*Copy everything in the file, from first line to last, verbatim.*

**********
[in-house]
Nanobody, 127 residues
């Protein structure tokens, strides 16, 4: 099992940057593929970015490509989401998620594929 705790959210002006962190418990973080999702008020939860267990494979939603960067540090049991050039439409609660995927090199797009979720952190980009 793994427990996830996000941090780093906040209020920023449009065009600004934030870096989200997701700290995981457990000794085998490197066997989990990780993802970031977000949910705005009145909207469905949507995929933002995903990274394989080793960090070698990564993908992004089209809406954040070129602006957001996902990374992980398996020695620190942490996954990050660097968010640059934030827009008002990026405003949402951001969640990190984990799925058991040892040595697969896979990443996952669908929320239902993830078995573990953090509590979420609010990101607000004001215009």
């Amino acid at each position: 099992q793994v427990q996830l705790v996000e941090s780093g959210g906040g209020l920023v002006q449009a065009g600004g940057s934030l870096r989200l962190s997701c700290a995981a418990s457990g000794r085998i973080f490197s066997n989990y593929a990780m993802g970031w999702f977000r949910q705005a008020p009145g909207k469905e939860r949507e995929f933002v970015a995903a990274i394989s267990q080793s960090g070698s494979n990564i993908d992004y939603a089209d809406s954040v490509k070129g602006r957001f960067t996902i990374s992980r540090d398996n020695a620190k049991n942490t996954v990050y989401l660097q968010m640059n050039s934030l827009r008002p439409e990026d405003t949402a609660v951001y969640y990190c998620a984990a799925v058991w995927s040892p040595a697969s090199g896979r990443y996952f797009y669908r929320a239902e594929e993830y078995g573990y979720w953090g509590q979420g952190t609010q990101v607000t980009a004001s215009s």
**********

[in-house]
Nanobody, 127 residues
């Protein structure tokens, strides 16, 4: 099992940057593929970015490509989401998620594929 705790959210002006962190418990973080999702008020939860267990494979939603960067540090049991050039439409609660995927090199797009979720952190980009 793994427990996830996000941090780093906040209020920023449009065009600004934030870096989200997701700290995981457990000794085998490197066997989990990780993802970031977000949910705005009145909207469905949507995929933002995903990274394989080793960090070698990564993908992004089209809406954040070129602006957001996902990374992980398996020695620190942490996954990050660097968010640059934030827009008002990026405003949402951001969640990190984990799925058991040892040595697969896979990443996952669908929320239902993830078995573990953090509590979420609010990101607000004001215009």
């Amino acid at each position: 099992q793994v427990q996830l705790v996000e941090s780093g959210g906040g209020l920023v002006q449009a065009g600004g940057s934030l870096r989200l962190s997701c700290a995981a418990s457990g000794r085998i973080f490197s066997n989990y593929a990780m993802g970031w999702f977000r949910q705005a008020p009145g909207k469905e939860r949507e995929f933002v970015a995903a990274i394989s267990q080793s960090g070698s494979n990564i993908d992004y939603a089209d809406s954040v490509k070129g602006r957001f960067t996902i990374s992980r540090d398996n020695a620190k049991n942490t996954v990050y989401l660097q968010m640059n050039s934030l827009r008002p439409e990026d405003t949402a609660v951001y969640y990190c998620a984990a799925v058991w995927s040892p040595a697969s090199g896979r990443y996952f797009y669908r929320a239902e594929e993830y078995g573990y979720w953090g509590q979420g952190t609010q990101v607000t980009a004001s215009s």